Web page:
How perfect is perfect?
The work of Julie Scheurweghs is illustrative. Examining the intimate relationship between people and their cameras, the Ostend-born, Brussels-based photographer asks questions about the codes of photography itself against the backdrop of a society that sees photos as an extension of people’s personality. “Her selfies in the bathroom mirror are not trivial, but fit inside a strong conceptual vision,” explains Van Vlaenderen.
For the Knokke-Heist show, Scheurweghs, 26, created more than one series of photos. A wall covered with prints she found on the street functions as a metaphor for what happens to our photos when we separate them from their natural habitat on a digital platform.
The intriguing images of remote, snow-covered landscapes by Ghent-based Maroesjka Lavigne grab you in a different way. With one peculiar, colourful and “perfect” object often at the centre – a bus, a house, a crane – the photos the 25-year-old took during a five-month stay in Iceland have a universal appeal, with each of them making you wonder what’s inside, each of them underlining the fascinating relation between humans and nature.
Veerle Scheppers from Leuven likes to take photos of young, vulnerable-looking girls in their bedrooms. But don’t be mistaken: this imaginary world that tries to capture the girls’ innocence was staged in her studio. Scheppers, 25, says she wanted to capture the children’s gaze because they lay bare their souls. In a world in which the ubiquity of new technologies and excessive parental expectations is increasing, she asked herself: Can children still be children?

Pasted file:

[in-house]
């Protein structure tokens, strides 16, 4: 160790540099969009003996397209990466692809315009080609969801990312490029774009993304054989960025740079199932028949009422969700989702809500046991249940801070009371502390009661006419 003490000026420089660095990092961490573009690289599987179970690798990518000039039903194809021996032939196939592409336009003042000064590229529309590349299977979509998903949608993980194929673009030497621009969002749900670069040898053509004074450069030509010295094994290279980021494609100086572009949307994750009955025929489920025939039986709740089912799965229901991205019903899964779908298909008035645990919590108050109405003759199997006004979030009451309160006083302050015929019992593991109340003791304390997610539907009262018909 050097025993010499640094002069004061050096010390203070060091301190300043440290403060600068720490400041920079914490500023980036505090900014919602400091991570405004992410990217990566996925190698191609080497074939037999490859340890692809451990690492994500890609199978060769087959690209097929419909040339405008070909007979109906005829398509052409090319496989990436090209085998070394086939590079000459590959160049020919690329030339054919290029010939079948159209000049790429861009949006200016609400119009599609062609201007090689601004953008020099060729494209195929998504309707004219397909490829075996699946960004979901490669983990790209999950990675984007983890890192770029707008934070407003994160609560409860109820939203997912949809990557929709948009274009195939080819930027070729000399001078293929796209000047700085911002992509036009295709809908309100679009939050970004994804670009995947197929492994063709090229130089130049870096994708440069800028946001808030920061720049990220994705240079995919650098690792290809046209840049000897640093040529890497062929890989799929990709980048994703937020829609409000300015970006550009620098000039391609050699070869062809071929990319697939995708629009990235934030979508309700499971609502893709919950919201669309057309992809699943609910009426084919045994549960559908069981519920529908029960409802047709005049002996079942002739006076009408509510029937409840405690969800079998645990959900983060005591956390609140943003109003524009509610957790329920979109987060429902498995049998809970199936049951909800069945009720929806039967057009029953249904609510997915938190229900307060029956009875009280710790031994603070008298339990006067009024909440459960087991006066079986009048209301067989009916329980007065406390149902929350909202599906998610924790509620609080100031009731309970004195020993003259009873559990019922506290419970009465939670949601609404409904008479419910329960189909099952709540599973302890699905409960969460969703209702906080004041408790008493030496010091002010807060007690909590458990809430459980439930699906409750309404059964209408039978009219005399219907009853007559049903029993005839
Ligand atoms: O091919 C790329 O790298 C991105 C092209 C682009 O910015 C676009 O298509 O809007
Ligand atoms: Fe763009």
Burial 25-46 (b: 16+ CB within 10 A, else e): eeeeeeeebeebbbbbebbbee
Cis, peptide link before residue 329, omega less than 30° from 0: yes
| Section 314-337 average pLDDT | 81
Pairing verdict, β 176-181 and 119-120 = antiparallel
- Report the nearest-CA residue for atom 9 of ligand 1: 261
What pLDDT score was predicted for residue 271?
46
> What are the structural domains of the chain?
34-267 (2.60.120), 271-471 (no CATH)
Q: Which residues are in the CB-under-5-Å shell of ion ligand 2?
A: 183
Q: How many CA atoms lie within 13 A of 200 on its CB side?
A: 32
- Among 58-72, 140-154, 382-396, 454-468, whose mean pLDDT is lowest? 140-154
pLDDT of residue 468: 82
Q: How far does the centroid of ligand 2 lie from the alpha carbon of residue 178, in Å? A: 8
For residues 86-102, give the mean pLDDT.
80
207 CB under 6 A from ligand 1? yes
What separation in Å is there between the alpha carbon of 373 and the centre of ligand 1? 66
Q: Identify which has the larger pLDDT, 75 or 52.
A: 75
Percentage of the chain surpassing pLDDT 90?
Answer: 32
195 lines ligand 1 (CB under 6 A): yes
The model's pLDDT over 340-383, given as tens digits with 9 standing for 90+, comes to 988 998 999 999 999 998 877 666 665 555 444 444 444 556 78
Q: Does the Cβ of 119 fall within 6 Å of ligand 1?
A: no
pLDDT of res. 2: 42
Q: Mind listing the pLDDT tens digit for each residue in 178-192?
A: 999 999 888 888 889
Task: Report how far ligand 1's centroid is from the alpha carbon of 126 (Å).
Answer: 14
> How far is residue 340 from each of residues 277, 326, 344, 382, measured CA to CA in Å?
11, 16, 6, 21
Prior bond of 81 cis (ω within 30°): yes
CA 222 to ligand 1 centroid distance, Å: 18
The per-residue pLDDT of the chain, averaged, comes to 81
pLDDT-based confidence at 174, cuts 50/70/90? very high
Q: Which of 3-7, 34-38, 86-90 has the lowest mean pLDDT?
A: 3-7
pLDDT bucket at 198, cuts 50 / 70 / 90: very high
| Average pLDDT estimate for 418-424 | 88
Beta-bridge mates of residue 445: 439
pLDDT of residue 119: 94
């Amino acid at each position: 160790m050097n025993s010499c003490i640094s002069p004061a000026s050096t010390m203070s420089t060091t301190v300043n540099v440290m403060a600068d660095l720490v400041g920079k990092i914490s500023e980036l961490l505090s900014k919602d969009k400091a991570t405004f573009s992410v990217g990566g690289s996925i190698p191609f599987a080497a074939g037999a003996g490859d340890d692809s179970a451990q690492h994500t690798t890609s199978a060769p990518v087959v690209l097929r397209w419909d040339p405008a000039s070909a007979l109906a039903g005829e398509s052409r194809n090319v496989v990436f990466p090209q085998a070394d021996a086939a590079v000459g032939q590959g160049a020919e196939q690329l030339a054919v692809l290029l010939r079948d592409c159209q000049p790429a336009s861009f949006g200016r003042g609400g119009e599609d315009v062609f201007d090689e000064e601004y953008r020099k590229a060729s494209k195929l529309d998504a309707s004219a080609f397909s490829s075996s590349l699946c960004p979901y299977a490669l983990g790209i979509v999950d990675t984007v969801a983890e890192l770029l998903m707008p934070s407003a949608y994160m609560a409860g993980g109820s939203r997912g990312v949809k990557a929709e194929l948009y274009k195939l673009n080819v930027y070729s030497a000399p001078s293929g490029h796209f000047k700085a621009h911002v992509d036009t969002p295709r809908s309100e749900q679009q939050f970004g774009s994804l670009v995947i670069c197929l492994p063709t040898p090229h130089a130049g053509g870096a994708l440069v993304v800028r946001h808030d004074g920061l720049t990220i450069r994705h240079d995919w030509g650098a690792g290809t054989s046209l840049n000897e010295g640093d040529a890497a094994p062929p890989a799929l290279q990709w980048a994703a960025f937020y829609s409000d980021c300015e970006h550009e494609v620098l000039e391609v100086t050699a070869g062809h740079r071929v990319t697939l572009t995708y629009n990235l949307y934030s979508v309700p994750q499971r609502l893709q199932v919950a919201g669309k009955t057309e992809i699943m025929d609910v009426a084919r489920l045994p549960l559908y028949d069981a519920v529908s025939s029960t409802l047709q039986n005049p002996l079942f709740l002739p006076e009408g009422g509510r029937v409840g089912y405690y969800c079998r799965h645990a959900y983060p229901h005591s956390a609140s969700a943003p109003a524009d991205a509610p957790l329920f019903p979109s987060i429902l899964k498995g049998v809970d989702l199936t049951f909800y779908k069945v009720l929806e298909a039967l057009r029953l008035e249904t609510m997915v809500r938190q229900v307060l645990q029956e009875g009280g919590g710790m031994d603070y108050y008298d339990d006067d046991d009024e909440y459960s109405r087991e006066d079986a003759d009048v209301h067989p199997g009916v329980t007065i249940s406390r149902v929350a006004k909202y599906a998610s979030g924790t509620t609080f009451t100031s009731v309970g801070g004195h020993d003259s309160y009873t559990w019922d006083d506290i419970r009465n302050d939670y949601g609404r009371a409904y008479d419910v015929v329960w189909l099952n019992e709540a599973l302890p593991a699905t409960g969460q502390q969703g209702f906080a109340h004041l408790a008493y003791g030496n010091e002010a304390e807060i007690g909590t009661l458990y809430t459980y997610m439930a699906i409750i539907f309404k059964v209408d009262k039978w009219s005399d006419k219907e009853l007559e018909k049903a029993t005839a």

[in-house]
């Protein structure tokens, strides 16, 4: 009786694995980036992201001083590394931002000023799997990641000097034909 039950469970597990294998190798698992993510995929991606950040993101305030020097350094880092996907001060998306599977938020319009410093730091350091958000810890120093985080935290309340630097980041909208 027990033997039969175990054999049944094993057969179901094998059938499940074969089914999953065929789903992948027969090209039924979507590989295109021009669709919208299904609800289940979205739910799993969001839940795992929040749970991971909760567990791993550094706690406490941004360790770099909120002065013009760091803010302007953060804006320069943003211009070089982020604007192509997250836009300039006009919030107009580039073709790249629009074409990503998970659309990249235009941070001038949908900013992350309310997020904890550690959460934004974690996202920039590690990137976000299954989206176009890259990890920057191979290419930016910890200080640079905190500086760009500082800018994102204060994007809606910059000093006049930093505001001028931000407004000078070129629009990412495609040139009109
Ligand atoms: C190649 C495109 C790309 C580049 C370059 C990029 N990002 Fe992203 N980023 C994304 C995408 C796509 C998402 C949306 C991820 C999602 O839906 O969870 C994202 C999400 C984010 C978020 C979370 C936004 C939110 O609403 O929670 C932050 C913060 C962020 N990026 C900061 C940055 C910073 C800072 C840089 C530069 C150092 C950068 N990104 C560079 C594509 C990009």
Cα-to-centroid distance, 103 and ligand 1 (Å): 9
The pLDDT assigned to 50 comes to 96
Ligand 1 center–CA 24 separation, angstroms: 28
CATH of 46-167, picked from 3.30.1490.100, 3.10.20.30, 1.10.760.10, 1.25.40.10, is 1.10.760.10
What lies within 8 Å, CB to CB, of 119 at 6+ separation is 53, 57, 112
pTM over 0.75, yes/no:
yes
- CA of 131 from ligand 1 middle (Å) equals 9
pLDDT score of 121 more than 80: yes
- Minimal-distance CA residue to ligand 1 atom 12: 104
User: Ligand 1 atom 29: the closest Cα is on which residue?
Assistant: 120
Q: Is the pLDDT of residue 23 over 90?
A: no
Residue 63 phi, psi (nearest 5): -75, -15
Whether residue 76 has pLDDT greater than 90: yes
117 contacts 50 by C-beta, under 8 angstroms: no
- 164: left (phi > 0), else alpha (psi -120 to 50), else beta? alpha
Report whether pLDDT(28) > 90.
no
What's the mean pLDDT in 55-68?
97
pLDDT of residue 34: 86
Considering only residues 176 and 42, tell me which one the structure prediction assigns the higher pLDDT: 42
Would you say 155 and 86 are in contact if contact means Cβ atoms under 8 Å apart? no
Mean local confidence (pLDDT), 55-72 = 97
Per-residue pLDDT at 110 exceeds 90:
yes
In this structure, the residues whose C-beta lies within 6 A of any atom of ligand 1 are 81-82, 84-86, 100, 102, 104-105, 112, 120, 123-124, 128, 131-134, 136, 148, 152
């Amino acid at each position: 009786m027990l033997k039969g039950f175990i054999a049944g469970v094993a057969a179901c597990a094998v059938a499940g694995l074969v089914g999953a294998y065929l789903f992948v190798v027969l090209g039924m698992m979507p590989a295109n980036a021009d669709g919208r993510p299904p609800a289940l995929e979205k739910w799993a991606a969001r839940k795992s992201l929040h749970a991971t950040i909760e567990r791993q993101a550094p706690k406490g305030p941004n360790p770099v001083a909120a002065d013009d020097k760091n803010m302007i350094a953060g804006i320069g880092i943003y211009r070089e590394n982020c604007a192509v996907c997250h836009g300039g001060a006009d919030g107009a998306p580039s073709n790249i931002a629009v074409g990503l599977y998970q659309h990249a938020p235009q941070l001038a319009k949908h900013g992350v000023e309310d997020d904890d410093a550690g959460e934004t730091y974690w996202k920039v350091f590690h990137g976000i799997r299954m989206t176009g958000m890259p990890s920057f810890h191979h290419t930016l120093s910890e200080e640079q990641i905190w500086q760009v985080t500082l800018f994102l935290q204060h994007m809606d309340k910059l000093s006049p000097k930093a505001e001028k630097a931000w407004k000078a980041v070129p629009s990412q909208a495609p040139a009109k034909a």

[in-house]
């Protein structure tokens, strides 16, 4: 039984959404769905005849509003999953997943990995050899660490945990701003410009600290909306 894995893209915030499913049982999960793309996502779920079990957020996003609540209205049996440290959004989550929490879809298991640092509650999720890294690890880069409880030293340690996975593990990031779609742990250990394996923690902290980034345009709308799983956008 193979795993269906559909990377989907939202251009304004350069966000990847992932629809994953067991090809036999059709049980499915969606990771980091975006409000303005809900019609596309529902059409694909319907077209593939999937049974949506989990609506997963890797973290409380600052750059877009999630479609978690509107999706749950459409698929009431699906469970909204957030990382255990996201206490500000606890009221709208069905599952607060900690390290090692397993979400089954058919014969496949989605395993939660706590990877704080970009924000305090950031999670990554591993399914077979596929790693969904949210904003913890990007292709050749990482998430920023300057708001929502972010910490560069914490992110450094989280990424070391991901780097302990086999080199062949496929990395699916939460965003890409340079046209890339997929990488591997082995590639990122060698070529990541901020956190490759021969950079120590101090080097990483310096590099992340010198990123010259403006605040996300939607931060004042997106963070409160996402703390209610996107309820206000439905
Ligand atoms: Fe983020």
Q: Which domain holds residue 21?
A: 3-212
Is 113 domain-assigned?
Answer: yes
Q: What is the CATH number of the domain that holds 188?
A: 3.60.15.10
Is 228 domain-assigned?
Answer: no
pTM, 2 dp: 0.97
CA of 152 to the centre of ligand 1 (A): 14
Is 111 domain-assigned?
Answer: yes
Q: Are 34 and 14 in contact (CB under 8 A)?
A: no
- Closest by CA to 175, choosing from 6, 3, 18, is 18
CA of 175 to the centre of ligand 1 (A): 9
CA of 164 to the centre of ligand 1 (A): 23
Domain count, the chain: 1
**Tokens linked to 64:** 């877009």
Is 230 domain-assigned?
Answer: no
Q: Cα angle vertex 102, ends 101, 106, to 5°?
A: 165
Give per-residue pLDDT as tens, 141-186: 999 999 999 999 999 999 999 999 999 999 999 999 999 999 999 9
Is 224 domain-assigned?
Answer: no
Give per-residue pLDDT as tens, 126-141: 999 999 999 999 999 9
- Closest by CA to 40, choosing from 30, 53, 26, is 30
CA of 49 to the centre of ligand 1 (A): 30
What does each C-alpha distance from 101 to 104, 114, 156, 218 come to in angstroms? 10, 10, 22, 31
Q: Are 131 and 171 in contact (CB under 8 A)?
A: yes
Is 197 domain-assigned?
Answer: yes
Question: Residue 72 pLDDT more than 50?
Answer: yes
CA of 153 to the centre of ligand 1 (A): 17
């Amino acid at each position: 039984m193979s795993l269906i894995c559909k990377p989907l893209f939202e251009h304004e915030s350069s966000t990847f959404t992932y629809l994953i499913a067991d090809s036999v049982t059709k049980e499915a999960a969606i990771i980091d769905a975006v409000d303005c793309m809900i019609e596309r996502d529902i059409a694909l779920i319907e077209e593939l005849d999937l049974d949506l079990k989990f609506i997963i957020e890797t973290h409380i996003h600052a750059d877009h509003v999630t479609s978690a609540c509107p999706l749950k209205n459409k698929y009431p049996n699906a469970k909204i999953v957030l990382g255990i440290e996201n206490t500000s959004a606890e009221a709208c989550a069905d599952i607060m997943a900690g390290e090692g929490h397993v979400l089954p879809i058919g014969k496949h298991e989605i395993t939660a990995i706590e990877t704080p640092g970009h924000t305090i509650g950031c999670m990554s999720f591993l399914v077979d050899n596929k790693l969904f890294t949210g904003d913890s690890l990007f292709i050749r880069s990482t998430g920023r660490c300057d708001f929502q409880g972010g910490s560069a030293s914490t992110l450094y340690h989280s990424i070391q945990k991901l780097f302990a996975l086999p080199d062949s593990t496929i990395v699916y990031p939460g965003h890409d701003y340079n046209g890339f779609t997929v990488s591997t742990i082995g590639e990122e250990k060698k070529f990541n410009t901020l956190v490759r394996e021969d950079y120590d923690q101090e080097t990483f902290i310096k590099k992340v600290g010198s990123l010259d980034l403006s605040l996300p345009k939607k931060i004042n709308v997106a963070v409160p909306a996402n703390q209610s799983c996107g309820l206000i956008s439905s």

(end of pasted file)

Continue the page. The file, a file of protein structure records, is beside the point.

Until 9 June
Cultural Centre Scharpoord
An African dress parade
From 11 May, the traveling World Press Photo ’14 exhibition will also be on display at the International Photo Festival Knokke-Heist. Until then, the “international” in the festival’s title will be honoured by the African continent. And that’s a pleasant surprise since curator Christophe De Jaeger has selected 16 top photographers who work from or visited Africa for the outdoor Haute Africa exhibition.
The photographers on view all take a closer look at the hybrid of colours and mixed emotions the continent’s dress codes pack. Post-colonialism doesn’t always oppose Westernisation, you’ll notice. Wealthy people pose in front of the lens of British photographer Martin Parr at the Durban horse races, just as socialites do at similar events in Dubai or the UK. Here, Parr’s installation on Rubensplein, close to the waterfront, serves as a mirror for Knokke’s notoriously well-heeled passers-by.
Other outdoor locations are also spot-on. When you stroll around IJzer Park, it feels like you’re literally bumping into Jim Naughten’s brightly coloured and razor-sharp portraits of Herero tribe members, dressed in clothes reminiscent of Namibia’s old colonial regime.
The beach and the sea offer a cool background for the sapeurs series (pictured) by Congolese photographer Baudouin Mouanda and his Spanish colleague Héctor Mediavilla. You’re immediately struck by the different attitudes of the African and European artist towards their dandy subjects. The second observes a distance through a more documentary approach, while the first emphasises movements and the moment.
An antidote to the exuberance of the sapeur colours can be found in the simple, black-and-white portraits of young lesbian women from townships in South Africa. For artist Zanele Muholi, exhibiting them in a church represents the ultimate freedom of expression. Compelling.